Vilnius is the capital of Lithuania. With 542 932 inhabitants (2011), it is the largest city in the country. It lies at the mouth of the Vilnia in the Neris River in a wooded area just 40 km from the Belarusian border removed. Vilnius is the Roman Catholic archbishopric, and in 1579 founded the University of Vilnius, one of the oldest university towns in Europe. She was wearing with the city of Linz the title of European Capital of Culture for the year 2009.
Vilnius was the beginning of a Baltic Foundation and was in contrast to the capitals of the Baltic neighbors Latvia and Estonia, Riga and Tallinn, never by the Teutonic Knights controlled. It developed as the capital of Lithuania to the center of a vast empire that stretched to the height of his power temporarily from the Baltic to the Black Sea.
Vilnius was since its inception as one of the most liberal cities in Europe, in the course of its history and persecuted Jews from Central Europe and Russia offered protection. “Jerusalem of the North” Vilnius was a center of Jewish culture and education. By 1900, Lithuanians presented only a small proportion of the population, according to the (Yiddish speaking) Jewish and Slavic (especially Poles and Belarusians). In the Holocaust, the city lost almost all the Jewish inhabitants, representing half of its population.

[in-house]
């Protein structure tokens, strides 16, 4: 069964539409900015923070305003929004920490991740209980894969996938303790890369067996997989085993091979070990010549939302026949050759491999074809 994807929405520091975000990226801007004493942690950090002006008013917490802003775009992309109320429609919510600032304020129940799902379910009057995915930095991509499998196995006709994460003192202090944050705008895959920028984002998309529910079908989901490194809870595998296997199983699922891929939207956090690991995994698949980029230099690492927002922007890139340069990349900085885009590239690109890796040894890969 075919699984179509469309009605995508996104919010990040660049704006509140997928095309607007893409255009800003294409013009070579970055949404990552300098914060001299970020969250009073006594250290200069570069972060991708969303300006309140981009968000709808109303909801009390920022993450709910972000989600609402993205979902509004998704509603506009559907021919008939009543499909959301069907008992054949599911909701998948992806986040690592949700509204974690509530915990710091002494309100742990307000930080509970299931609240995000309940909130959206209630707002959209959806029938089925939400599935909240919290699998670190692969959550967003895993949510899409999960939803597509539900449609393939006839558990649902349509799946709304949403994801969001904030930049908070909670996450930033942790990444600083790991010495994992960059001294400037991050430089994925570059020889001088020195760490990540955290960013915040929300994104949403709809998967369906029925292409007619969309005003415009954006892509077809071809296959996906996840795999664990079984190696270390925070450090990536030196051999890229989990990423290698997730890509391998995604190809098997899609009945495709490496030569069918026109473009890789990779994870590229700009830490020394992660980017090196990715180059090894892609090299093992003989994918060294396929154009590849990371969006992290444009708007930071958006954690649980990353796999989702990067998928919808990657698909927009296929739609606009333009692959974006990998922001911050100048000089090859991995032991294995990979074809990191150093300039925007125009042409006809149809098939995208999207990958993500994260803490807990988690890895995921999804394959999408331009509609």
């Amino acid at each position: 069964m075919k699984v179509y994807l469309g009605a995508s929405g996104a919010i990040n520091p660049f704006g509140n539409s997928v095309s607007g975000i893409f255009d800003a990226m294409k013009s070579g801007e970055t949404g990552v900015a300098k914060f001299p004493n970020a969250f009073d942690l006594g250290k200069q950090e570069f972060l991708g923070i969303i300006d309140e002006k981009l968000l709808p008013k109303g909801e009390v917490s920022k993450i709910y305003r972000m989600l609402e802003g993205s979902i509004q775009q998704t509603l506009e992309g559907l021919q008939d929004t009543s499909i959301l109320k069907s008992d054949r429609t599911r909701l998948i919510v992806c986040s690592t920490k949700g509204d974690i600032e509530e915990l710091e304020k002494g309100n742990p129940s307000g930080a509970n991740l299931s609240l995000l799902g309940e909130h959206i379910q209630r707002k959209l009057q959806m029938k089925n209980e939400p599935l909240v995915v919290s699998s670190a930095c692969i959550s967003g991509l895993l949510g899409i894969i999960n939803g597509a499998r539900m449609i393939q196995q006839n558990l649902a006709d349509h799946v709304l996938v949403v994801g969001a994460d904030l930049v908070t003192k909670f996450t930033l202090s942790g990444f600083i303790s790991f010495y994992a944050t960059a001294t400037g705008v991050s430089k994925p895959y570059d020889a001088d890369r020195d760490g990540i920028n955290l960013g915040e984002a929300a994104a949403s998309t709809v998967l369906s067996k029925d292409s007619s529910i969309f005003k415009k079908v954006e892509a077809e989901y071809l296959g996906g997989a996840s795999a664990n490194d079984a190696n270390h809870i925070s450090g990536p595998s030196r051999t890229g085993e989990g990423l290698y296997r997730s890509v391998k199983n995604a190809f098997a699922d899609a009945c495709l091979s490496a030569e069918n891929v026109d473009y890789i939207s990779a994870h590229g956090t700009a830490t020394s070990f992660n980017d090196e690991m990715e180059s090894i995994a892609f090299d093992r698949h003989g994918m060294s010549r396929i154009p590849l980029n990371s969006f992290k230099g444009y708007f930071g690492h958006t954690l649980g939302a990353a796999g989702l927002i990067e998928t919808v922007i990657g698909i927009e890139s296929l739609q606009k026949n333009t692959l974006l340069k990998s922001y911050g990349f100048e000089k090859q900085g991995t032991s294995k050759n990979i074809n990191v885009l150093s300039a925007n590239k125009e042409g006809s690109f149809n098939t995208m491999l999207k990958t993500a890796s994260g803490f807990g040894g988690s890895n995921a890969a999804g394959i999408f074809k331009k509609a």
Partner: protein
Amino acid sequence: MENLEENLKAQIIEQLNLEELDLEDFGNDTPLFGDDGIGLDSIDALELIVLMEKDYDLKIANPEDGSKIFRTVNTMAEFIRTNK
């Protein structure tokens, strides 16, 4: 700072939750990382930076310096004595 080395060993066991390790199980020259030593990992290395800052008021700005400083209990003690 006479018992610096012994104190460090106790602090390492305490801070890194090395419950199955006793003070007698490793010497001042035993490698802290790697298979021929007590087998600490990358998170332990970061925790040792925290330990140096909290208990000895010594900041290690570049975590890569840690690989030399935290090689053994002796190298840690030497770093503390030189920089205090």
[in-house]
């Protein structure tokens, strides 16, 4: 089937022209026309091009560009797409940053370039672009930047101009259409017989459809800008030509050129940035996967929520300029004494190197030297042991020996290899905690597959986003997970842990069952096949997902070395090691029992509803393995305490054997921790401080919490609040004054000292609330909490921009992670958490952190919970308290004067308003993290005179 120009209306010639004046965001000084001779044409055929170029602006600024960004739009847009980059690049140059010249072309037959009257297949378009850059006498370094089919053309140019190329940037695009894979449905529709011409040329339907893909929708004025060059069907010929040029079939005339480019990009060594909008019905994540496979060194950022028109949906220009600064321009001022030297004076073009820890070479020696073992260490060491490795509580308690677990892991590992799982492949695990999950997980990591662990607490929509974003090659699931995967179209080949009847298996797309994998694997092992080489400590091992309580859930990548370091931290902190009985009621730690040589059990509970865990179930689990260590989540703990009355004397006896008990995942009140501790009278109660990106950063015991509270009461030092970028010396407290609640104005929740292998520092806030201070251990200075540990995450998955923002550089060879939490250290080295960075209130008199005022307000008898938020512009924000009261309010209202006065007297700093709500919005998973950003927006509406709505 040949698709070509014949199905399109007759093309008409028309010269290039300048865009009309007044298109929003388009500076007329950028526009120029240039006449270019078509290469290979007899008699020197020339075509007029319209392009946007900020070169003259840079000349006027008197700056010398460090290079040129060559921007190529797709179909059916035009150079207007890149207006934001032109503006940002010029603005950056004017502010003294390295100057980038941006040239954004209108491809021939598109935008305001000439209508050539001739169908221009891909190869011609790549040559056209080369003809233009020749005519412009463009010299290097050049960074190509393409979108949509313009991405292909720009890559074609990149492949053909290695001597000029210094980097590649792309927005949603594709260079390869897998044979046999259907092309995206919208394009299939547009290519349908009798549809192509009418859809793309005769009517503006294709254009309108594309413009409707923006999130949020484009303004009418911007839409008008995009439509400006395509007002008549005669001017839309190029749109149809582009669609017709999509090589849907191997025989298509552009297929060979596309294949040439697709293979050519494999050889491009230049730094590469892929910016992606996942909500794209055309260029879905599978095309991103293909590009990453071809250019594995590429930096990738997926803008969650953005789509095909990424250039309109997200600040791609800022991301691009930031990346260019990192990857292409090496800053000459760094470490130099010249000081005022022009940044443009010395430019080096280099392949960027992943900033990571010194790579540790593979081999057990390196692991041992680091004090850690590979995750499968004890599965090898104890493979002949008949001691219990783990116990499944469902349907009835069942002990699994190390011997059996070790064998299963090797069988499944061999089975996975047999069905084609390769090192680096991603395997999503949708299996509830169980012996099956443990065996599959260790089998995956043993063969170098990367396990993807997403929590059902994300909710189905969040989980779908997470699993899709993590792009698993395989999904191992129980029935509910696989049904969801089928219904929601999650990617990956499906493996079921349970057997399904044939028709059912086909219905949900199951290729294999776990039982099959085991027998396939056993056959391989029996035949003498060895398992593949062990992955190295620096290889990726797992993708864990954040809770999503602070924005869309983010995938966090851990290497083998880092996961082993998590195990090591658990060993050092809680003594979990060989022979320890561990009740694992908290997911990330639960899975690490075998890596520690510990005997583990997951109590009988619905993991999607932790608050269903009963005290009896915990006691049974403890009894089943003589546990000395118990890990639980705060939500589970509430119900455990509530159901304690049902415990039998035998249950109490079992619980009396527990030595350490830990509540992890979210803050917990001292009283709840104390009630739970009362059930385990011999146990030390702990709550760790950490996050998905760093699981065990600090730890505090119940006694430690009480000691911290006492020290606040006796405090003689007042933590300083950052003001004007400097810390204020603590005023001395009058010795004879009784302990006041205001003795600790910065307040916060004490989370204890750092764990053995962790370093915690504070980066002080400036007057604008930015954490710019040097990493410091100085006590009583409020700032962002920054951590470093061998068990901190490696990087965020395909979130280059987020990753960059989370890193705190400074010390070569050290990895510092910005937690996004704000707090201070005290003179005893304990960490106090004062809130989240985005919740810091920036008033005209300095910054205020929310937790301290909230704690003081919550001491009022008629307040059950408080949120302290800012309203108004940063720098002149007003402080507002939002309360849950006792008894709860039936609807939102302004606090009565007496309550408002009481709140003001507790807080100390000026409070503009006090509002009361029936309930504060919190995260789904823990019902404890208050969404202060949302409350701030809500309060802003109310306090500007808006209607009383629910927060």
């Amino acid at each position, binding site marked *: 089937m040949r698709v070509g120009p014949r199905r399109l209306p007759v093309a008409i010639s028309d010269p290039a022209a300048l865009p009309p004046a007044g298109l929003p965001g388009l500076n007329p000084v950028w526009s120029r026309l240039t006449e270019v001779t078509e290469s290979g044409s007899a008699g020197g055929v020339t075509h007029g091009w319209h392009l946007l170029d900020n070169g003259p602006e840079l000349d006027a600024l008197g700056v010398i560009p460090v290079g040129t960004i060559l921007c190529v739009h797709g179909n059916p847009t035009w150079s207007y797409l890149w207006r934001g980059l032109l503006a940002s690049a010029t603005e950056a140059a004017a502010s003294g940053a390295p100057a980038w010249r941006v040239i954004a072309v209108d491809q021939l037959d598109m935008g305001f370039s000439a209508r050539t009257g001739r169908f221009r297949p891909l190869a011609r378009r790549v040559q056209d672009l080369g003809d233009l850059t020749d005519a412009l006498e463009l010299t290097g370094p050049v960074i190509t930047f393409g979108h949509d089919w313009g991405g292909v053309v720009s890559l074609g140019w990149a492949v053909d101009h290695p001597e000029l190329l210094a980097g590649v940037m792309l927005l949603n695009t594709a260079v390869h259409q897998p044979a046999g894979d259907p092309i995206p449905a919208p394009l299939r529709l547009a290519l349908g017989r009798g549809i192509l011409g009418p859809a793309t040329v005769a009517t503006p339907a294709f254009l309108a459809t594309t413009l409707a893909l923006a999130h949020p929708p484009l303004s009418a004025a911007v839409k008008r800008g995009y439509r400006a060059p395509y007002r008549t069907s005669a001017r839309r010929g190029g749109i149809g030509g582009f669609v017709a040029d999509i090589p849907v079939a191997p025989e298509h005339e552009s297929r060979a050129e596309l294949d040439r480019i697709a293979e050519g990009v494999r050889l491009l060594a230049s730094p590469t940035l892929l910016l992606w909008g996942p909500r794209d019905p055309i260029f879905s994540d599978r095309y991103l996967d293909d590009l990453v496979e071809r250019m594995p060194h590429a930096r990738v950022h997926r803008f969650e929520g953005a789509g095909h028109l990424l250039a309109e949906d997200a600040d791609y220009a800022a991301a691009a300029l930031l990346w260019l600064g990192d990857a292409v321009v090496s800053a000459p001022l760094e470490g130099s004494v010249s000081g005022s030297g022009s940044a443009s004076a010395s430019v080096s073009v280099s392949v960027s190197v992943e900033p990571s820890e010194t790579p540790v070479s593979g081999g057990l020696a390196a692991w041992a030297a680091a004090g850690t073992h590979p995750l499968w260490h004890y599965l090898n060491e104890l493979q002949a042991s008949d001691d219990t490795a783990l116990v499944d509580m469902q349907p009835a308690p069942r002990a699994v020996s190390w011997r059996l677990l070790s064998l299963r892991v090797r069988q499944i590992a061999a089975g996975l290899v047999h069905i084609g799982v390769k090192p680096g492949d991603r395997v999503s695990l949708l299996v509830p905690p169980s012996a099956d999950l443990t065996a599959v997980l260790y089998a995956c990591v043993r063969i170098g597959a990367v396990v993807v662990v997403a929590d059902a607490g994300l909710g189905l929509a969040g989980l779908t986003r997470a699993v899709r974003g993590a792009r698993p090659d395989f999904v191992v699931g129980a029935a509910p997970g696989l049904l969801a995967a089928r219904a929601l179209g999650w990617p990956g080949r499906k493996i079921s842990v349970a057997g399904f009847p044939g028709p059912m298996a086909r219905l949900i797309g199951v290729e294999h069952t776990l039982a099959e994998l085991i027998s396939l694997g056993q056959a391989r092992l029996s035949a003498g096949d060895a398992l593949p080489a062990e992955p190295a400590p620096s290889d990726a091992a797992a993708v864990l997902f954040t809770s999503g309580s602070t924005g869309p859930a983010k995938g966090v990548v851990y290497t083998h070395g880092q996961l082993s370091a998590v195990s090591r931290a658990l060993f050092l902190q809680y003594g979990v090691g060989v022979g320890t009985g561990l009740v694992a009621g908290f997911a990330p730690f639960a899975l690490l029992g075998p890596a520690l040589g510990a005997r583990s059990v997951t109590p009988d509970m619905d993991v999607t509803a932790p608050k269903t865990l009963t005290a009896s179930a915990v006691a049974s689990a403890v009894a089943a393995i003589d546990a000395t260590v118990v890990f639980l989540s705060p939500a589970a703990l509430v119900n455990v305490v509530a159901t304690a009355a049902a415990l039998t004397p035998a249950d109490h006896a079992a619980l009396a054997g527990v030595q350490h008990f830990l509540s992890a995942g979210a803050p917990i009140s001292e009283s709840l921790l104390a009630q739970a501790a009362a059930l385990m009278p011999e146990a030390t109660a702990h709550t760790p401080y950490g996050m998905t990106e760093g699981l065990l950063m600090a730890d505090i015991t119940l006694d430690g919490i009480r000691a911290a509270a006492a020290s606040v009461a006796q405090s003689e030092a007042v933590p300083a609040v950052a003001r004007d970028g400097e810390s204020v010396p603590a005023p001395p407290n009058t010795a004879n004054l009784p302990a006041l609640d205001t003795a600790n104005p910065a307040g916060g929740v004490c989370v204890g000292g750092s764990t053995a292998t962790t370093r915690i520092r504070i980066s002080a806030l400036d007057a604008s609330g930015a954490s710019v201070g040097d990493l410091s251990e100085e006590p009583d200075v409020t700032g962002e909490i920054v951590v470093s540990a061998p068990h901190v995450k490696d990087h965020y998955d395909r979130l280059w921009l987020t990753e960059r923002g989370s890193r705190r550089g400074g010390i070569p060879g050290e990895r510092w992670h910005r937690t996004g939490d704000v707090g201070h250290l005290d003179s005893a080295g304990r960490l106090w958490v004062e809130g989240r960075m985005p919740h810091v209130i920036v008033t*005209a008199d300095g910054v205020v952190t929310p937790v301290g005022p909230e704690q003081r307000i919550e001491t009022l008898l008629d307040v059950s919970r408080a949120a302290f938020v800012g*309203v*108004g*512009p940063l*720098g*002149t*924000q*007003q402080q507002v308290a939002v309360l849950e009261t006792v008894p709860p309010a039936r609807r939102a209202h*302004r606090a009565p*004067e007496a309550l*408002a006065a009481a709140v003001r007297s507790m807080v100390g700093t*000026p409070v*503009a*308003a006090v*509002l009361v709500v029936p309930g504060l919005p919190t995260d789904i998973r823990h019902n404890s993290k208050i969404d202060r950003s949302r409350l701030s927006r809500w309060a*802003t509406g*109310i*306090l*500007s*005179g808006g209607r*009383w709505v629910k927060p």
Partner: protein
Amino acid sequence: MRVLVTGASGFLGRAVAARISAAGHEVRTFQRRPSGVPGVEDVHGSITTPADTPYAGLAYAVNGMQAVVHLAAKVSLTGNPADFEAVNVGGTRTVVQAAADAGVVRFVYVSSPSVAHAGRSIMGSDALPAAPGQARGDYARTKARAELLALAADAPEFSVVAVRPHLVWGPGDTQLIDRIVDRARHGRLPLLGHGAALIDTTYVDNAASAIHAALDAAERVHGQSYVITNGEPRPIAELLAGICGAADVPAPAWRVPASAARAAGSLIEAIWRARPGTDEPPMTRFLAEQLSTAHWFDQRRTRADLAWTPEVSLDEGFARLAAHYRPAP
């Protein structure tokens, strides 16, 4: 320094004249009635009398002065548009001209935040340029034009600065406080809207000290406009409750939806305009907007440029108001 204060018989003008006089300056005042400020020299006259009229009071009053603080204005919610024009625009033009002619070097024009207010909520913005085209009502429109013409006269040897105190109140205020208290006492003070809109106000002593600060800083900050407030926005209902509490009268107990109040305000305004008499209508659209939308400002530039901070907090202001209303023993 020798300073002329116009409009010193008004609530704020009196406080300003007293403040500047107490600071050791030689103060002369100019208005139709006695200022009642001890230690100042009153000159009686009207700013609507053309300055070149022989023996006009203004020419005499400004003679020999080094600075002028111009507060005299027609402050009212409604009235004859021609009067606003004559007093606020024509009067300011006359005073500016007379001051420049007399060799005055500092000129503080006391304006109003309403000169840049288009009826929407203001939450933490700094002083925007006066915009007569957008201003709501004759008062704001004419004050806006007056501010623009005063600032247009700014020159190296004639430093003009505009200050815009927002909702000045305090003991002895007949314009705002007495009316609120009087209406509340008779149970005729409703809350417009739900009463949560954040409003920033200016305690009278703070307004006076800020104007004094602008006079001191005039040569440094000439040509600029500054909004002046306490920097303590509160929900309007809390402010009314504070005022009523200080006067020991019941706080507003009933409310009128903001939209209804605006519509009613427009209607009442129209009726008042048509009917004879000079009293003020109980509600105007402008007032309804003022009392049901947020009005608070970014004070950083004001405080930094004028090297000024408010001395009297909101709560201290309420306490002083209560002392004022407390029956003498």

From 16 Century Italian architects created numerous buildings in the Baroque style, and Vilnius still has one of the most extensive old towns in Eastern Europe, by the UNESCO for World Heritage Site was declared. In the 20th Century, the area of Vilnius controversial because of its ethnic composition, and after a referendum in 1920, annexed by Poland in 1939 and returned to Lithuania. Due to the over 50 churches in the city Vilnius bears the nickname “Rome of the East”. It can be seen from almost anywhere in the city at least four church towers.